Something is very wrong, because that is a repro axle from what little I can see. If it is repro, you'd not expect to see that camber problem. (an old home done dropped axle might come out wrong, but not a forged or cast repro IMO)

    Next thing is to see if the king pins went bad? That would let the wheels do that. Jack it up, squat along side of tire, and grab top and bottom of tire and see if it will move like the pin is sloppy.

    You said you are a carpenter...get levels and a square. Check the floor across the front, if level, use the carpenters square along the tire. That will show what it has for tilt. If the floor is wavy, run a long level or straight edge in front of both tires.

    I see other things.... but start with the angles and check the king pins for slop first
    .
     
  14. The axle was a new Super Bell. All the suspension parts are new, 1500 miles, probably not even that. I did x check the kingpins when this first started. I will square up the wheels tomorrow, thanks for all the help, I just don't know what to do and I am scared to drive it.
     
  15. F&J
    Joined: Apr 5, 2007
    Posts: 13,219

    F&J
    Member

    Can we get some input from other builders here? The OP said in his first thread, first post; "been driving it 1.5 yrs, greased it and noticed brake dragging"

    I don't use repro axles or spindles, and is it crazy to ask if anyone ever had a repro spindle snout bend? If so, could that be why the camber is wrong now, and might explain brake drag? I can't see how, but I ask anyways.

    .
    Yes double check the pins and try to get a level surface for the square. We don't need a measurement of the angle, we need to know if the top of tire is tipped IN, towards the motor/rad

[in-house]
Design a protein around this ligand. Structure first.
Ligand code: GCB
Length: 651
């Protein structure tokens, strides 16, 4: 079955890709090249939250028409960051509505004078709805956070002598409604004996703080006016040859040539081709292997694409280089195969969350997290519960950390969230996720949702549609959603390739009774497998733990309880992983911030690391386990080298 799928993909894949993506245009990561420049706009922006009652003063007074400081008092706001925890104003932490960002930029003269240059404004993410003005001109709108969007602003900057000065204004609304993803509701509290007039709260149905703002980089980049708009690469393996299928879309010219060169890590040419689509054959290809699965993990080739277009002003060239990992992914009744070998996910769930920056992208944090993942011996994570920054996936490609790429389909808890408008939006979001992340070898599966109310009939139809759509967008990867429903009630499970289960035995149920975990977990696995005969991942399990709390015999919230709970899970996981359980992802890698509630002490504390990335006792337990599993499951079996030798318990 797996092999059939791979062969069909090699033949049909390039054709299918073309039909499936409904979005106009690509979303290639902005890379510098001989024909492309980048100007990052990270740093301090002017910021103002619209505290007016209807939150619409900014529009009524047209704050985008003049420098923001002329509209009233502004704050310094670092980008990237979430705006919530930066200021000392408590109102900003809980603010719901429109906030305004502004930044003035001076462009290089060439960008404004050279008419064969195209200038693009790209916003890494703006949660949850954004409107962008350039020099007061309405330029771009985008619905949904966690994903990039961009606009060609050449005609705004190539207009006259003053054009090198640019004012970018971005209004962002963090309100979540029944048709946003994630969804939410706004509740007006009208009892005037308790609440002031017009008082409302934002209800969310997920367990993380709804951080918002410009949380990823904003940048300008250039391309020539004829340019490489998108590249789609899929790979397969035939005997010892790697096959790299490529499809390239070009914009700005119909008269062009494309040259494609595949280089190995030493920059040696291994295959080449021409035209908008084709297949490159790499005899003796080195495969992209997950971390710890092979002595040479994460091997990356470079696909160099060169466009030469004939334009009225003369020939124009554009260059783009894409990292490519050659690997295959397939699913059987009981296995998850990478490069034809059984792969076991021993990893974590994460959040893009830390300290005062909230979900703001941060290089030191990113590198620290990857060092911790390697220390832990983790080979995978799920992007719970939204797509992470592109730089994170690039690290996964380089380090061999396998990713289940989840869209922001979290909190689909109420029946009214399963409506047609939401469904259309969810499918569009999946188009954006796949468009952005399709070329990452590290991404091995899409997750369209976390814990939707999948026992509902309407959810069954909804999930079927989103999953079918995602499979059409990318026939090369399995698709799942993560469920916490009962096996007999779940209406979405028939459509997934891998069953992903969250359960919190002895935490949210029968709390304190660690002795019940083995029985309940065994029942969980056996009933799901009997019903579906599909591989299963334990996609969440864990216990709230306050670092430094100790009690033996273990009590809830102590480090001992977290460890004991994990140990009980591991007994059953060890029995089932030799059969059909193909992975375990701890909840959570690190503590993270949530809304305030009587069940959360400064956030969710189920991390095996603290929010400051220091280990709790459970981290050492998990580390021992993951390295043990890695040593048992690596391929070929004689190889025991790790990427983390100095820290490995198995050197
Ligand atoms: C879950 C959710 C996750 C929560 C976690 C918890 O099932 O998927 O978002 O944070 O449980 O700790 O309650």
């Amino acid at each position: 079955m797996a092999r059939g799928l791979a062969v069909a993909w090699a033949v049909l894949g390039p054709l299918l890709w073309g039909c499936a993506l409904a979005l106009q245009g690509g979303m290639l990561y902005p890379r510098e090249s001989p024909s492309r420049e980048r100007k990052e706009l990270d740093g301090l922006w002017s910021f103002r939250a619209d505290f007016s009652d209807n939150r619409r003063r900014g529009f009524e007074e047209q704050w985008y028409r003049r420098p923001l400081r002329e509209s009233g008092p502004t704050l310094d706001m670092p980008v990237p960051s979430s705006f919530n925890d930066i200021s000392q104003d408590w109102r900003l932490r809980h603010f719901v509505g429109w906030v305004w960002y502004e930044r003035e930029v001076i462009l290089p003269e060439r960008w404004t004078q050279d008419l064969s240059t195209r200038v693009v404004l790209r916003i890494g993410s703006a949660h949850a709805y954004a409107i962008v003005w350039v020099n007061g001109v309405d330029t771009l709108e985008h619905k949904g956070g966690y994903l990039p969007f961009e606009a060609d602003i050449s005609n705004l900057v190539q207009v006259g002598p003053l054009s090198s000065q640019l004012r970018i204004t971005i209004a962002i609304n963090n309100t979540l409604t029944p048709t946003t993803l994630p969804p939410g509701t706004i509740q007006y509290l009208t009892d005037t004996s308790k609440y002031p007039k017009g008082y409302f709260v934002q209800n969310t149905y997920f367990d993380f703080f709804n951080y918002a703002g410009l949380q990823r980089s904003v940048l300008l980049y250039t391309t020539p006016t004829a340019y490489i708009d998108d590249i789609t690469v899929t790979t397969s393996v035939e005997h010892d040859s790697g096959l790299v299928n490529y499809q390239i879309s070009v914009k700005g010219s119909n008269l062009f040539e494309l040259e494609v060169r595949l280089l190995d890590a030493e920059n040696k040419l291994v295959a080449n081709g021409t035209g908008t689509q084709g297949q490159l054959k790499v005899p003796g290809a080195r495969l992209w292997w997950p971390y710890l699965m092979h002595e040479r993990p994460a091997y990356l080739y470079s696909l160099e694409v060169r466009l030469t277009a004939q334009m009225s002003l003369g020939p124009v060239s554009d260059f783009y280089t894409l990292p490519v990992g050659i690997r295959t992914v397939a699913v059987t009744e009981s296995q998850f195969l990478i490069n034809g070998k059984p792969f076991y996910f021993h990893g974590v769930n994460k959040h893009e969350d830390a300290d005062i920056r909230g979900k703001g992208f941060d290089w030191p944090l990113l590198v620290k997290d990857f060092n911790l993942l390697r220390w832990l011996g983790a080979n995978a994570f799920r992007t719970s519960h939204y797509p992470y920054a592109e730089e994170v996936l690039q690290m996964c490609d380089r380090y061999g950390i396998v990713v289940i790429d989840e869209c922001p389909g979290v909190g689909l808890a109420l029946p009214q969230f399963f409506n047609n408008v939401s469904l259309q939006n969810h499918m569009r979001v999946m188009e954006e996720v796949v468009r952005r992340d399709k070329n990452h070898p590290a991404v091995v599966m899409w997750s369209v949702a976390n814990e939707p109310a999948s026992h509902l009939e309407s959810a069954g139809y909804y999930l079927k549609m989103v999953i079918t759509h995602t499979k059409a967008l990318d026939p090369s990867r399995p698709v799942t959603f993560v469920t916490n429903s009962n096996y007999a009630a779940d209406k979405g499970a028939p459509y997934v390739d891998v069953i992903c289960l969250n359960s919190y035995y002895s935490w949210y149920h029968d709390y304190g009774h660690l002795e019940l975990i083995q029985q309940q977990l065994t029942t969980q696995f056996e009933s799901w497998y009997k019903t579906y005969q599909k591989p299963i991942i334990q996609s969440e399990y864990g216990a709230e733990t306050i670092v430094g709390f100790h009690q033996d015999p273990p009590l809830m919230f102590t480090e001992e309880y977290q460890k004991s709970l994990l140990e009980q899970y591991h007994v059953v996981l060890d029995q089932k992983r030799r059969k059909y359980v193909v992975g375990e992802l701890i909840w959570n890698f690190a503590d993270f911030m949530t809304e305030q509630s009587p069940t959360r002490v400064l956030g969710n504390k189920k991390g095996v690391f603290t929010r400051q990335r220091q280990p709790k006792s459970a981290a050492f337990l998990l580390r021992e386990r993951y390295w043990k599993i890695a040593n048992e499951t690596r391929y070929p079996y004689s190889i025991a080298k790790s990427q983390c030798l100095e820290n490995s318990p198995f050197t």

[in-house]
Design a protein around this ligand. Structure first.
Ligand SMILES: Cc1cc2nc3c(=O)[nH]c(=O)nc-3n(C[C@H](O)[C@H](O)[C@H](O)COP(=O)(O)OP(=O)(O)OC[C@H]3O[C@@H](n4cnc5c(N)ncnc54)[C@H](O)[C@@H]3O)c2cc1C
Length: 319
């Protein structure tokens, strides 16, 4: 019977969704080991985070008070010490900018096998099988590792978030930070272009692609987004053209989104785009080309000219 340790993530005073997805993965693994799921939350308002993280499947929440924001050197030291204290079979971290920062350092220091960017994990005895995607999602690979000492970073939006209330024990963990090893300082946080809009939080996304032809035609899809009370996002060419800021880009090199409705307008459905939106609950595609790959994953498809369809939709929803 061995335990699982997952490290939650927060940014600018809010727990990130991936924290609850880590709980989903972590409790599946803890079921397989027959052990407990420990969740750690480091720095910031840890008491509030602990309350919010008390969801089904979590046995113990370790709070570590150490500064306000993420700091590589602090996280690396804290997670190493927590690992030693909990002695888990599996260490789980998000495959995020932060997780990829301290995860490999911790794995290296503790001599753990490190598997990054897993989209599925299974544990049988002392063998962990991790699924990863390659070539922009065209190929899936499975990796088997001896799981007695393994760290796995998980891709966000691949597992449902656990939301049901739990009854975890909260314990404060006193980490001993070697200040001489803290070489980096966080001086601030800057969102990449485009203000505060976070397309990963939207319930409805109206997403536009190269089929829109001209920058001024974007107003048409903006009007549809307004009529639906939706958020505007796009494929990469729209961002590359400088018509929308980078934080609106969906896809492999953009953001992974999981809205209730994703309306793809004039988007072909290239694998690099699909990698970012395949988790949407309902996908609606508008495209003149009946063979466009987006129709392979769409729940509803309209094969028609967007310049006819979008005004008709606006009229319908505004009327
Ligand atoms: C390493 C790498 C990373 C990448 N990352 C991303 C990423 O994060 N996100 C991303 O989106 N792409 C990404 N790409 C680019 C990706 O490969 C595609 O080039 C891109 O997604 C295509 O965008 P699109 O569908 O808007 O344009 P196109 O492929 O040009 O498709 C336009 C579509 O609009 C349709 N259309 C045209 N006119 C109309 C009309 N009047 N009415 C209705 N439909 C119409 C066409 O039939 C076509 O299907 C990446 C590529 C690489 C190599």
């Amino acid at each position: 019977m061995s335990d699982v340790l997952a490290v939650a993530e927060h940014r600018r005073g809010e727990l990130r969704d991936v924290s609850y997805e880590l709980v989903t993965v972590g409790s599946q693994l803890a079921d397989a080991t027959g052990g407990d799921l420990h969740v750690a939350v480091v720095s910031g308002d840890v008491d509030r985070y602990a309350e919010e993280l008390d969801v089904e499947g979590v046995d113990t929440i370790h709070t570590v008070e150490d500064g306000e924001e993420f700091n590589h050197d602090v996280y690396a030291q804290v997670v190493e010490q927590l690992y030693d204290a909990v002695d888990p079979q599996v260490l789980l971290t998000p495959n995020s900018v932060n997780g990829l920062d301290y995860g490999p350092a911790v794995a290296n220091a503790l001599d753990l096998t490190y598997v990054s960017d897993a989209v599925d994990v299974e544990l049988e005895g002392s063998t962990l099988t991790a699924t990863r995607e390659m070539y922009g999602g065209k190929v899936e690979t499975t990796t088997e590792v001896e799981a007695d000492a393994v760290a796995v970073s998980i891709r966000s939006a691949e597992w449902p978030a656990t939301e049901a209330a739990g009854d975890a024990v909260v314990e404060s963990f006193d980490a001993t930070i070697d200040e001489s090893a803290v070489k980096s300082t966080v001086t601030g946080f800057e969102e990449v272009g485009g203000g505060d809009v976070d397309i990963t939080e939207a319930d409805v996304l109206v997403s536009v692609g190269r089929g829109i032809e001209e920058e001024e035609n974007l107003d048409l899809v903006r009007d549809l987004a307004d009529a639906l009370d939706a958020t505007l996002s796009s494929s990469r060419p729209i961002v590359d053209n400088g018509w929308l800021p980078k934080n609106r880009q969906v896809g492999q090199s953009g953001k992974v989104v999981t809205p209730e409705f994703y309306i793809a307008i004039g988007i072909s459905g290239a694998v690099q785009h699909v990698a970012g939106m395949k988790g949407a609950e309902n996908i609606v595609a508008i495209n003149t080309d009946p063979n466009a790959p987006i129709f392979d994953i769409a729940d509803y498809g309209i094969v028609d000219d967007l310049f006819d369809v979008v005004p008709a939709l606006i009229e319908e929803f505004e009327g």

.
     
  16. AmishMike
    Joined: Mar 27, 2014
    Posts: 497

    AmishMike
    Member

    A repro axle is always perfect? I believe another HAMB site someone posted they found camber differed from one side of axle to other. OEM always perfect - have an air bag recalled? how about ignition switch? or maybe you drive a VW diesel?
     
  17. F&J
    Joined: Apr 5, 2007
    Posts: 13,219

    F&J
    Member

    The crappy part about talking on the net, is that it's not like talking to a person standing there. In person, you'd question what I said and I'd explain further..

    I did not make it clear enough. What I was getting at, is that several members in the other thread agree that something has changed since it was first built and driven 3000? miles.

    I find it hard to believe that Koz, who built it, would not have seen it when he assembled it. Yes I saw a repro on here shipped to Scandinavia, and the guy asked about the severe positive camber after he installed it, but it was equal, both sides.

    crazy that this car was just looked at by a shop?...and all they found was toe adjustment?

    .
     
  18. David Chandler
    Joined: Jan 27, 2007
    Posts: 1,101

    David Chandler
    Member

    Isn't a "Super Bell" a cast ductile axle? If that it true, then it's possible it is bent, seeing how this started with hitting something. Like everyone else said check everything!
    Good luck!
     
  19. 53 ford
    Joined: Apr 8, 2012
    Posts: 143

    53 ford
    Member

    In post 48 the shackle looks to be almost straight up. The spring may have settled over time and relived tension on the shackles. I would start with a dead perch on one side and not worry about a pan-hard bar. I would redo the steering arm to level the drag link. Shorten the radius rods to the center of the steering box and that will eliminate most if not all bump steer. My hillbilly opinion, Harley
     
  20. Kerrynzl
    Joined: Jun 20, 2010
    Posts: 2,284

    Kerrynzl
    Member

    That is why I requested photos of the front end showing the spring shackle arrangement ,The OP responded with photos of the grill, so I guess he doesn't really want our help [he even started a 2nd thread]http://www.jalopyjournal.com/forum/threads/death-wobble-update.1027731/
    You and myself have both guessed the same predicament [ I dont think photos in post #48 are clear enough to be conclusive ]
    It has a geometry issue, but not caster/camber geometry. I personally think it is shackle angle geometry caused by the spring eyes being too far apart [reverse eyed/flattened spring]